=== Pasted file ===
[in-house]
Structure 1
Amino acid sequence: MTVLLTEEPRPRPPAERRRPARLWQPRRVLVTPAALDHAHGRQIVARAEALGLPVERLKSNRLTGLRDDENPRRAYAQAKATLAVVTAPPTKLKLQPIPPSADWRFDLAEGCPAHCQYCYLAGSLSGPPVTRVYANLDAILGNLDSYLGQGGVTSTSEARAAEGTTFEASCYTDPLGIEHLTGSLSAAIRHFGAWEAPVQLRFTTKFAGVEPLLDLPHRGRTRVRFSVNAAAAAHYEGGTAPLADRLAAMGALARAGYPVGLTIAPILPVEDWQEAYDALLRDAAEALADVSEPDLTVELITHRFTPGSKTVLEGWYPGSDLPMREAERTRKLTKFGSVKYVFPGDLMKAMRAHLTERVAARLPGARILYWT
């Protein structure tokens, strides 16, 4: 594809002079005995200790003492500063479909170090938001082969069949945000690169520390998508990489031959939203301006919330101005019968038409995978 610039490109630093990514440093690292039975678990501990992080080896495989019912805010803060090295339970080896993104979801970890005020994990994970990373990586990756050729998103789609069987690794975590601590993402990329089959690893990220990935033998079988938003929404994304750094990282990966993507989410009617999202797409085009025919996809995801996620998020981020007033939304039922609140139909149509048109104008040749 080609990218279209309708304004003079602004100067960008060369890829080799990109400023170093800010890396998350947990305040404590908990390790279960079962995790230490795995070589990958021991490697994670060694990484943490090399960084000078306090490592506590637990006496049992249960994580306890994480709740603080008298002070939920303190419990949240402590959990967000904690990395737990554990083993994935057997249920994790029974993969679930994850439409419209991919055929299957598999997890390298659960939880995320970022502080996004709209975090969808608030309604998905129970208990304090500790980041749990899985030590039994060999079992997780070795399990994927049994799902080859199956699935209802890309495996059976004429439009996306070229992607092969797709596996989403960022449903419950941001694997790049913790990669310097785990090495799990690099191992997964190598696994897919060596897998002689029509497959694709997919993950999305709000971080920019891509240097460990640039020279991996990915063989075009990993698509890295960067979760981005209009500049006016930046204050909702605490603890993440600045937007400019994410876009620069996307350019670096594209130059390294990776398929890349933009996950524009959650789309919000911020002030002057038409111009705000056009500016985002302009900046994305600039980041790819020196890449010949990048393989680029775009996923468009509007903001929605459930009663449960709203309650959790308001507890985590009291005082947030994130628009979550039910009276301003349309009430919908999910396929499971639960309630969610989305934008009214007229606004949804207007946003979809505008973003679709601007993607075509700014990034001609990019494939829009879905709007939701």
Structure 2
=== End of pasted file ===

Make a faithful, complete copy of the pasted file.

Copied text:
[in-house]
Structure 1
Amino acid sequence: MTVLLTEEPRPRPPAERRRPARLWQPRRVLVTPAALDHAHGRQIVARAEALGLPVERLKSNRLTGLRDDENPRRAYAQAKATLAVVTAPPTKLKLQPIPPSADWRFDLAEGCPAHCQYCYLAGSLSGPPVTRVYANLDAILGNLDSYLGQGGVTSTSEARAAEGTTFEASCYTDPLGIEHLTGSLSAAIRHFGAWEAPVQLRFTTKFAGVEPLLDLPHRGRTRVRFSVNAAAAAHYEGGTAPLADRLAAMGALARAGYPVGLTIAPILPVEDWQEAYDALLRDAAEALADVSEPDLTVELITHRFTPGSKTVLEGWYPGSDLPMREAERTRKLTKFGSVKYVFPGDLMKAMRAHLTERVAARLPGARILYWT
């Protein structure tokens, strides 16, 4: 594809002079005995200790003492500063479909170090938001082969069949945000690169520390998508990489031959939203301006919330101005019968038409995978 610039490109630093990514440093690292039975678990501990992080080896495989019912805010803060090295339970080896993104979801970890005020994990994970990373990586990756050729998103789609069987690794975590601590993402990329089959690893990220990935033998079988938003929404994304750094990282990966993507989410009617999202797409085009025919996809995801996620998020981020007033939304039922609140139909149509048109104008040749 080609990218279209309708304004003079602004100067960008060369890829080799990109400023170093800010890396998350947990305040404590908990390790279960079962995790230490795995070589990958021991490697994670060694990484943490090399960084000078306090490592506590637990006496049992249960994580306890994480709740603080008298002070939920303190419990949240402590959990967000904690990395737990554990083993994935057997249920994790029974993969679930994850439409419209991919055929299957598999997890390298659960939880995320970022502080996004709209975090969808608030309604998905129970208990304090500790980041749990899985030590039994060999079992997780070795399990994927049994799902080859199956699935209802890309495996059976004429439009996306070229992607092969797709596996989403960022449903419950941001694997790049913790990669310097785990090495799990690099191992997964190598696994897919060596897998002689029509497959694709997919993950999305709000971080920019891509240097460990640039020279991996990915063989075009990993698509890295960067979760981005209009500049006016930046204050909702605490603890993440600045937007400019994410876009620069996307350019670096594209130059390294990776398929890349933009996950524009959650789309919000911020002030002057038409111009705000056009500016985002302009900046994305600039980041790819020196890449010949990048393989680029775009996923468009509007903001929605459930009663449960709203309650959790308001507890985590009291005082947030994130628009979550039910009276301003349309009430919908999910396929499971639960309630969610989305934008009214007229606004949804207007946003979809505008973003679709601007993607075509700014990034001609990019494939829009879905709007939701």
Structure 2